Patagonia Cleans Up Denim

Patagonia Denim

With its new denim collection that launched earlier this month, Patagonia looked to change the way your favorite pair of jeans are made. As traditional indigo dying is filthy business, the company sought out environmentally friendlier dye, Fair Trade Certified sewing practices, and 100% organic cotton grown without pesticides, herbicides, or synthetic fertilizers for their denim production.

Typically, denim production involves the use of dangerous chemicals to grow conventional cotton; dying it produces millions of gallons of wastewater; and, too often, jeans are sewn in factories where workers may not be treated fairly.

Patagonia’s new dyeing and manufacturing process uses dyestuffs that bond more easily to cotton, minimizing the resource-intensive and environmentally destructive indigo dyeing, rinsing and garment washing process used to create traditional denim.

Greatly reducing the environmental impact of the denim supply chain, Patagonia is using 84% less water, 30% less energy, and emitting 25% less CO2 than conventional synthetic indigo denim dyeing processes.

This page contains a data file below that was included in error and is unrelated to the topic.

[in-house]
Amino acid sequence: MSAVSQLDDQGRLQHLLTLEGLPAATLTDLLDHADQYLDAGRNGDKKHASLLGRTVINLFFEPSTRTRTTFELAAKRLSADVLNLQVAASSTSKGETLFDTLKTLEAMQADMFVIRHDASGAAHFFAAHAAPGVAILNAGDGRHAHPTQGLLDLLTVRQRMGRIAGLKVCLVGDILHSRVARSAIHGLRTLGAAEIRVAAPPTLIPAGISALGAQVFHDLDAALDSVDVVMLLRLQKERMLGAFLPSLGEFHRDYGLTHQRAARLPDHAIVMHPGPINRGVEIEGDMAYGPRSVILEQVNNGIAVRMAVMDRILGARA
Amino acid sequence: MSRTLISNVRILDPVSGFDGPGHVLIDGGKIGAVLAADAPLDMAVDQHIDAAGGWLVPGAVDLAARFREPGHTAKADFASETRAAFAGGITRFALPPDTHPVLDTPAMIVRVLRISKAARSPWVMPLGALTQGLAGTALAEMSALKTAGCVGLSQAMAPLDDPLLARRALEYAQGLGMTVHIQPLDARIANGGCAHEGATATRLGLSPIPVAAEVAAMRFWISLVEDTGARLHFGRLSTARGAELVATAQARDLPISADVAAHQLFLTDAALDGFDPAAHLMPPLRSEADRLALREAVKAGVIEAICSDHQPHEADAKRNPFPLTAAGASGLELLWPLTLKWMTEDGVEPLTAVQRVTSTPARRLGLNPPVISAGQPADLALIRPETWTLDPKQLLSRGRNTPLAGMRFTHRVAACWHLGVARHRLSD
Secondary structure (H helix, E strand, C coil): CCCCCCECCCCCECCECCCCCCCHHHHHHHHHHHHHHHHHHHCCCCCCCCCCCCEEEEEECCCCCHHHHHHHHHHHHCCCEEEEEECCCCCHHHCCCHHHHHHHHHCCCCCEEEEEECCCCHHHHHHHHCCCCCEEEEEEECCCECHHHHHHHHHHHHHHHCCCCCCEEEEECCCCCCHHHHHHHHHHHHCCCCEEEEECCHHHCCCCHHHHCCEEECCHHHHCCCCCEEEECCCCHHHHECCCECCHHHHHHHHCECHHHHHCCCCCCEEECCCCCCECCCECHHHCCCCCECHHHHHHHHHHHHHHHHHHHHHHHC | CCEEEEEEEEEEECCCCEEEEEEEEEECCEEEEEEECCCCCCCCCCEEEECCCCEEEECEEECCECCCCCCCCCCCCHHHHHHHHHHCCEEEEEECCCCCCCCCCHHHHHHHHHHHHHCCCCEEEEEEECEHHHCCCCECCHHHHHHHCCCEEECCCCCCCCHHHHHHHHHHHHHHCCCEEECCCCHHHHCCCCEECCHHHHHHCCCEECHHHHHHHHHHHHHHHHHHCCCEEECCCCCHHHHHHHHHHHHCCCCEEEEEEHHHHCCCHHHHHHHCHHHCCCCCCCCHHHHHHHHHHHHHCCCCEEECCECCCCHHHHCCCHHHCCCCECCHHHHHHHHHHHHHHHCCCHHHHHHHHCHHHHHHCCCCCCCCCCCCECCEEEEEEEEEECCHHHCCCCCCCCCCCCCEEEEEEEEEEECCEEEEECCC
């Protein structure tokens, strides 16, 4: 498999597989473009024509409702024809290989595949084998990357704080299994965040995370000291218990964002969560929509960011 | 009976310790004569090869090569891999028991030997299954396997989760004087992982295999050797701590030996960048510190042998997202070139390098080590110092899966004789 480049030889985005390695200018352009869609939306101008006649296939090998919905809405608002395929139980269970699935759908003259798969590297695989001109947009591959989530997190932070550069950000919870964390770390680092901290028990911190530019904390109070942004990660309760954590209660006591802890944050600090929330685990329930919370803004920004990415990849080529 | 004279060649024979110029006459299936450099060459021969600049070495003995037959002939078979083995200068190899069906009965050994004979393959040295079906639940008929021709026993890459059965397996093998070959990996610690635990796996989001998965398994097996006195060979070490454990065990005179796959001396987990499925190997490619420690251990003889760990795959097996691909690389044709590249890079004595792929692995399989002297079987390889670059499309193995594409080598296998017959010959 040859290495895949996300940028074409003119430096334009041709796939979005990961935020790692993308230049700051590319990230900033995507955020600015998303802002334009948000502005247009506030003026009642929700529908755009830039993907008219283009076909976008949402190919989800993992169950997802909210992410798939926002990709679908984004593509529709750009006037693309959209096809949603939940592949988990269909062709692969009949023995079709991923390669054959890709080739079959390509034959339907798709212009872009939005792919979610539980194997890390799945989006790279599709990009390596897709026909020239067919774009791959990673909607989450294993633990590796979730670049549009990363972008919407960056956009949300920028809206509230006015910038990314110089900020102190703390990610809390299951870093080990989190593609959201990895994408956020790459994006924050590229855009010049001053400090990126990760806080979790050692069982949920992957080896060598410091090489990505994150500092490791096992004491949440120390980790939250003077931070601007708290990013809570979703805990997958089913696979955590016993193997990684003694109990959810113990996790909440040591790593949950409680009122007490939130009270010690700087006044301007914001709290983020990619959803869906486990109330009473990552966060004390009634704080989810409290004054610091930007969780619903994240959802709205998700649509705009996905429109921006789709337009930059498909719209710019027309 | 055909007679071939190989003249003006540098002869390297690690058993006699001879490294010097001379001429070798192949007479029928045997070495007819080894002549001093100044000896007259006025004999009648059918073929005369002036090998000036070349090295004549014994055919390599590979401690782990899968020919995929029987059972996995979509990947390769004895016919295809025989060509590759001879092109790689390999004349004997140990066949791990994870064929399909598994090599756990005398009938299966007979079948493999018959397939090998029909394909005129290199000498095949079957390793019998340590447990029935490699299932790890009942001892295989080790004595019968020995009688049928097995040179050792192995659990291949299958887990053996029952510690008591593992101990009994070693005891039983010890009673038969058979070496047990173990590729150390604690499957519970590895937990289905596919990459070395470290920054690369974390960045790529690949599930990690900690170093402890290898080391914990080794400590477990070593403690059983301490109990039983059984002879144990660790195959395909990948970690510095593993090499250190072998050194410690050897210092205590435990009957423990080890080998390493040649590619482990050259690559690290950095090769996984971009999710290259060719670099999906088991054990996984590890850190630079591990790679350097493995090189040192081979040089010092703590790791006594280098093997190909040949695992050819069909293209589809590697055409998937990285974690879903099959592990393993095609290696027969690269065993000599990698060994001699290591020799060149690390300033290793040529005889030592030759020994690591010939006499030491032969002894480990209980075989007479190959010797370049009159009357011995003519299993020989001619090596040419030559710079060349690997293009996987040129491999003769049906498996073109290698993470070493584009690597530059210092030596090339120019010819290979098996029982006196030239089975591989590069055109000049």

All Patagonia denim is made with organic cotton that is grown without chemical or synthetic fertilizers, poisonous pesticides or herbicides. The entire process results in a color-rich, durable style–avoiding the environmental downsides of sandblasting, bleaching and stonewashing jeans.

Patagonia’s denim line ranges in price from $99-$119, including three different styles for both men and women. All you long legged women take note–the straight jeans are available in three different inseam lengths: 30″, 32″, and 34″.

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